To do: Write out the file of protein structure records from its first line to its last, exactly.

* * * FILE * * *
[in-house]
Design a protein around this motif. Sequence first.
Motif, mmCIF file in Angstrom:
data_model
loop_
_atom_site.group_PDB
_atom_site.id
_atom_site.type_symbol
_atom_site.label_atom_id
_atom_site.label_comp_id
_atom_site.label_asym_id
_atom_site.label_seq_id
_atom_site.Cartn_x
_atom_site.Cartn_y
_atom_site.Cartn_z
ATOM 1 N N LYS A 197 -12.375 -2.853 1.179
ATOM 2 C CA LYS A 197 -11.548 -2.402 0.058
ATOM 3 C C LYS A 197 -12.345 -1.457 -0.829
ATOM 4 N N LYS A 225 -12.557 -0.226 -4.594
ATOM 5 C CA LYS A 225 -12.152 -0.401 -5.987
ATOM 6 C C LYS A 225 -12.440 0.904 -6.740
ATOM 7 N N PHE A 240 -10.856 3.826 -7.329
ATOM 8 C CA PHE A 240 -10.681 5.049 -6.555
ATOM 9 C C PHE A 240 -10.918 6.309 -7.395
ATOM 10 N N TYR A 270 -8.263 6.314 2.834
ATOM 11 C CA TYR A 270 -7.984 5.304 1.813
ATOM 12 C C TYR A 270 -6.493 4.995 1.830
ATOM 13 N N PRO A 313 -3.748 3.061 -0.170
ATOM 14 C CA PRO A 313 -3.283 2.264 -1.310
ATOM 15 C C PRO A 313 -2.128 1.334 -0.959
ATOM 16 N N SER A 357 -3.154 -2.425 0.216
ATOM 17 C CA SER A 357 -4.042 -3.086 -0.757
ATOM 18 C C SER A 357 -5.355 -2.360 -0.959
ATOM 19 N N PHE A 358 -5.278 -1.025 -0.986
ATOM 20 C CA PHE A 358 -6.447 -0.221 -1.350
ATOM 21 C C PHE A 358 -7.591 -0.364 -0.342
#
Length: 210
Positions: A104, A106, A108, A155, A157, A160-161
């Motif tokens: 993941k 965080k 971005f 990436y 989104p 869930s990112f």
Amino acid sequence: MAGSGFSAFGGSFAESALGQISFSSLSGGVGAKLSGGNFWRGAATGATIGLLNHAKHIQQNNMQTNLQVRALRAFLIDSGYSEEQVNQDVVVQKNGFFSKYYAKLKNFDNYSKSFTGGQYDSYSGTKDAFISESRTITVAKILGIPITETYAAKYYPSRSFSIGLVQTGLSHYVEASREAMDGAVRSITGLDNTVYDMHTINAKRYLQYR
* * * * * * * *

[in-house]
Design a protein around this motif. Sequence first.
Motif, mmCIF file in Angstrom:
data_model
loop_
_atom_site.group_PDB
_atom_site.id
_atom_site.type_symbol
_atom_site.label_atom_id
_atom_site.label_comp_id
_atom_site.label_asym_id
_atom_site.label_seq_id
_atom_site.Cartn_x
_atom_site.Cartn_y
_atom_site.Cartn_z
ATOM 1 N N LYS A 197 -12.375 -2.853 1.179
ATOM 2 C CA LYS A 197 -11.548 -2.402 0.058
ATOM 3 C C LYS A 197 -12.345 -1.457 -0.829
ATOM 4 N N LYS A 225 -12.557 -0.226 -4.594
ATOM 5 C CA LYS A 225 -12.152 -0.401 -5.987
ATOM 6 C C LYS A 225 -12.440 0.904 -6.740
ATOM 7 N N PHE A 240 -10.856 3.826 -7.329
ATOM 8 C CA PHE A 240 -10.681 5.049 -6.555
ATOM 9 C C PHE A 240 -10.918 6.309 -7.395
ATOM 10 N N TYR A 270 -8.263 6.314 2.834
ATOM 11 C CA TYR A 270 -7.984 5.304 1.813
ATOM 12 C C TYR A 270 -6.493 4.995 1.830
ATOM 13 N N PRO A 313 -3.748 3.061 -0.170
ATOM 14 C CA PRO A 313 -3.283 2.264 -1.310
ATOM 15 C C PRO A 313 -2.128 1.334 -0.959
ATOM 16 N N SER A 357 -3.154 -2.425 0.216
ATOM 17 C CA SER A 357 -4.042 -3.086 -0.757
ATOM 18 C C SER A 357 -5.355 -2.360 -0.959
ATOM 19 N N PHE A 358 -5.278 -1.025 -0.986
ATOM 20 C CA PHE A 358 -6.447 -0.221 -1.350
ATOM 21 C C PHE A 358 -7.591 -0.364 -0.342
#
Length: 210
Positions: A104, A106, A108, A155, A157, A160-161
């Motif tokens: 993941k 965080k 971005f 990436y 989104p 869930s990112f």
Amino acid sequence: MAGSGFSAFGGSFAESALGQISFSSLSGGVGAKLSGGNFWRGAATGATIGLLNHAKHIQQNNMQTNLQVRALRAFLIDSGYSEEQVNQDVVVQKNGFFSKYYAKLKNFDNYSKSFTGGQYDSYSGTKDAFISESRTITVAKILGIPITETYAAKYYPSRSFSIGLVQTGLSHYVEASREAMDGAVRSITGLDNTVYDMHTINAKRYLQYR